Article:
Bilirubin: A Potential Biomarker and Therapeutic Target for Diabetic Nephropathy

  1. Anupam Agarwal1,3
  1. 1Division of Nephrology, Department of Medicine, The University of Alabama at Birmingham, Birmingham, AL
  2. 2Division of Cardiothoracic Surgery, Department of Surgery, The University of Alabama at Birmingham, Birmingham, AL
  3. 3Birmingham Veterans Administration Medical Center, Birmingham, AL
  1. Corresponding author: Anupam Agarwal, agarwal{at}uab.edu.

Diabetic nephropathy (DN), which is a major end-organ complication in diabetes, continues to be the most common cause of end-stage renal disease and accounts for >40% of patients on renal replacement therapy (1). Currently available factors that are routinely used in clinical practice to predict and monitor the progression of DN include degree of proteinuria and both glycemic and blood pressure control. In this issue of Diabetes, Riphagen et al. (2) performed a post hoc analysis of two large clinical trials—Reduction of Endpoints in NIDDM With the Angiotensin II Antagonist Losartan (RENAAL) and Irbesartan Diabetic Nephropathy Trial (IDNT)—and demonstrated that serum bilirubin levels are inversely correlated with progression of DN. These findings are clinically important because they identify a potential biomarker and/or therapeutic target for DN, a disease that causes significant morbidity and mortality.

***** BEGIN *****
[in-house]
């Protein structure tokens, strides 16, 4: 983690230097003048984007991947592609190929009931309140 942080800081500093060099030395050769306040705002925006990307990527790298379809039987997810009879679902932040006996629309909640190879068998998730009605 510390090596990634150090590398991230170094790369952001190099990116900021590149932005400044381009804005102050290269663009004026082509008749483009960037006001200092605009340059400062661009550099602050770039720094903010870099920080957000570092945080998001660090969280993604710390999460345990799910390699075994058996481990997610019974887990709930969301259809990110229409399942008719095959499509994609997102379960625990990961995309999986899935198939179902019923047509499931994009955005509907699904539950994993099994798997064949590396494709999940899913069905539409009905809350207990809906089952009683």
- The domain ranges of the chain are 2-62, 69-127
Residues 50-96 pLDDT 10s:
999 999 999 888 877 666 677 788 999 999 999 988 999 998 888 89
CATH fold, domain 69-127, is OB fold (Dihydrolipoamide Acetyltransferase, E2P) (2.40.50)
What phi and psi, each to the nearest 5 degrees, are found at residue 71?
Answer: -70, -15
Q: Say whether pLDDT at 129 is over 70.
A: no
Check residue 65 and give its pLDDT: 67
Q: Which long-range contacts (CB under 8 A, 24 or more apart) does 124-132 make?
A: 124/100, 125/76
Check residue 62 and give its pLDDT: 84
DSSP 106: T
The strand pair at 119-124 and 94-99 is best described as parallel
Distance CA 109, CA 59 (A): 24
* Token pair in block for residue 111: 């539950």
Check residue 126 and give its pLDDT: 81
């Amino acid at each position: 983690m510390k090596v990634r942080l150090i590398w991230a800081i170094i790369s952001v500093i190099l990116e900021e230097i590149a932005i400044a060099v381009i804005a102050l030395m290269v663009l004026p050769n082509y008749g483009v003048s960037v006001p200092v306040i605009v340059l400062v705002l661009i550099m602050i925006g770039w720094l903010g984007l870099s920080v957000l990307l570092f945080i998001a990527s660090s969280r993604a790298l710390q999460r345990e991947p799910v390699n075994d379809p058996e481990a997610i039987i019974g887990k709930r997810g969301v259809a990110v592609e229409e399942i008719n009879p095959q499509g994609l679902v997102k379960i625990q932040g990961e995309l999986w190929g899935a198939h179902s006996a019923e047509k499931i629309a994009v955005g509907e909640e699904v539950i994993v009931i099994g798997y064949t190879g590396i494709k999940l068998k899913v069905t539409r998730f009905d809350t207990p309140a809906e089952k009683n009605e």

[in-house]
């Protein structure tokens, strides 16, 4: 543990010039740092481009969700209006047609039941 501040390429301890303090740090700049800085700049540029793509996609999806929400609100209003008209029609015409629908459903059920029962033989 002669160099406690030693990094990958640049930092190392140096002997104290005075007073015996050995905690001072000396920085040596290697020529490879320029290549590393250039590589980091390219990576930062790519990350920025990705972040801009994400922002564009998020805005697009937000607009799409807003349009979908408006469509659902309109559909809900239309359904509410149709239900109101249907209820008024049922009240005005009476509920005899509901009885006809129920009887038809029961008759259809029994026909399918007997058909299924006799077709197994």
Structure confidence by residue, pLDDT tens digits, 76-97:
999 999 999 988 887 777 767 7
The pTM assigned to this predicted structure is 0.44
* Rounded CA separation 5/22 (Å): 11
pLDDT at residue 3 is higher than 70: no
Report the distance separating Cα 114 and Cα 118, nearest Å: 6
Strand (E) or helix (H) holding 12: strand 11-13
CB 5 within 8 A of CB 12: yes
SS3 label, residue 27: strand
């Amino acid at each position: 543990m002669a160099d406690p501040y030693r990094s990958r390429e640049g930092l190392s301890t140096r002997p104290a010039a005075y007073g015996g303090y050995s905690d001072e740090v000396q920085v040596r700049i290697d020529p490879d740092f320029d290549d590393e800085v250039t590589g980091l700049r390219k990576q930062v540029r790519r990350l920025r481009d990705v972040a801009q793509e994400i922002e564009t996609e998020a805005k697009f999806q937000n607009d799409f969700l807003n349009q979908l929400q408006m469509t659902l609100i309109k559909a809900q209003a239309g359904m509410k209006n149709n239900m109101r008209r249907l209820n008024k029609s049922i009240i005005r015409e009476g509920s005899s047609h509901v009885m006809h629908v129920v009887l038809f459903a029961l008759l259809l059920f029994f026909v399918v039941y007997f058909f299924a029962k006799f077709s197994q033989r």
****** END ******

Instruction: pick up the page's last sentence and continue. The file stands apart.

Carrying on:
Bilirubin is generated when heme oxygenase (HO) catalyzes the degradation of heme (derived from heme proteins). This results in formation of biliverdin, which is rapidly converted into bilirubin by biliverdin reductase (Fig. 1) (3). Further processing of bilirubin occurs in hepatocytes, where unconjugated (lipid-soluble) bilirubin is conjugated by uridine diphosphate–glucuronosyl transferase (UDP-GT) to a water-soluble form for excretion. Total bilirubin is the sum of conjugated (direct) and unconjugated (indirect) bilirubin and generally ranges from 0.3 to 1.2 mg/dL in healthy individuals. In conditions such as erythroblastosis fetalis, hemolysis results in markedly elevated bilirubin, which causes kernicterus and neurological damage in neonates. Furthermore, genetic deficiency of UDP-GT in Crigler-Najjar syndrome type I results in severely elevated total bilirubin and is incompatible with life. Given the outcomes of these conditions, it is not surprising that bilirubin was long considered to be merely a toxic byproduct of heme degradation. However, unconjugated bilirubin levels are positively correlated with plasma antioxidant capacity (4), and moderate elevations in serum total bilirubin …

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This Article

  1. doi: 10.2337/db14-0691 Diabetes vol. 63 no. 8 2613-2616
  1. Free via Open Access: OA